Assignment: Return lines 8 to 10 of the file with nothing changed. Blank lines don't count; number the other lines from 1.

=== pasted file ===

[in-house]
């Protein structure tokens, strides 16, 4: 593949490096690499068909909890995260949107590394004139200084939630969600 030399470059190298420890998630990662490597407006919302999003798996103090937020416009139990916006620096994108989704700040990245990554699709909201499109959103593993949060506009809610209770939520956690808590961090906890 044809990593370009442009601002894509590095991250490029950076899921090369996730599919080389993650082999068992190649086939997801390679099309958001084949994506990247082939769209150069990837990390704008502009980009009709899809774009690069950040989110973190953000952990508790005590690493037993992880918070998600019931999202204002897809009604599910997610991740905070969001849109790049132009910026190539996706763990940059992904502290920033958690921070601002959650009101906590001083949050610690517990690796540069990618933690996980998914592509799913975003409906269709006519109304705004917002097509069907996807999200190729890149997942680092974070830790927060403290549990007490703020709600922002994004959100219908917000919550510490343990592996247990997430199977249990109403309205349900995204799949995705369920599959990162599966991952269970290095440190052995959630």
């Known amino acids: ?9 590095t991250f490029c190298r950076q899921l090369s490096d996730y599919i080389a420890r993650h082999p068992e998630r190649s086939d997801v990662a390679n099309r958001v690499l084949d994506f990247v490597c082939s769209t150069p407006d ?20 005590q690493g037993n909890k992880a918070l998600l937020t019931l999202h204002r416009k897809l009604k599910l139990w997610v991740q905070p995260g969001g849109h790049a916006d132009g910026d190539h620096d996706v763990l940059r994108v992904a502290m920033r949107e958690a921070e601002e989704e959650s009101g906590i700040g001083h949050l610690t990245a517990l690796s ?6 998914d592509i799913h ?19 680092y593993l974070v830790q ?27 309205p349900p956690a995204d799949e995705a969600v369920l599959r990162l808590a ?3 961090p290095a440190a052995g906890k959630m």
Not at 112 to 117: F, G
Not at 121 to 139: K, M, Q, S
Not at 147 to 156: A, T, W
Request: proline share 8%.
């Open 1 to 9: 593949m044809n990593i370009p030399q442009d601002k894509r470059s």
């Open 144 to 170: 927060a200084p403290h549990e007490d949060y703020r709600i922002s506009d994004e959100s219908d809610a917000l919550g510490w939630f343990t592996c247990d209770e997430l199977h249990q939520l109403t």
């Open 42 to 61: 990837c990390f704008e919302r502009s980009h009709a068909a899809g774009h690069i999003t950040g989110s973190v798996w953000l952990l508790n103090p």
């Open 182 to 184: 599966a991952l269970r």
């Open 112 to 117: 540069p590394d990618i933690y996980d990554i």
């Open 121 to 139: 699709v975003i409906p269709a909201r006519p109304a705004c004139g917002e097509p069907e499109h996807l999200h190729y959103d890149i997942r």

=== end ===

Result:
């Open 1 to 9: 593949m044809n990593i370009p030399q442009d601002k894509r470059s």
């Open 144 to 170: 927060a200084p403290h549990e007490d949060y703020r709600i922002s506009d994004e959100s219908d809610a917000l919550g510490w939630f343990t592996c247990d209770e997430l199977h249990q939520l109403t």
């Open 42 to 61: 990837c990390f704008e919302r502009s980009h009709a068909a899809g774009h690069i999003t950040g989110s973190v798996w953000l952990l508790n103090p």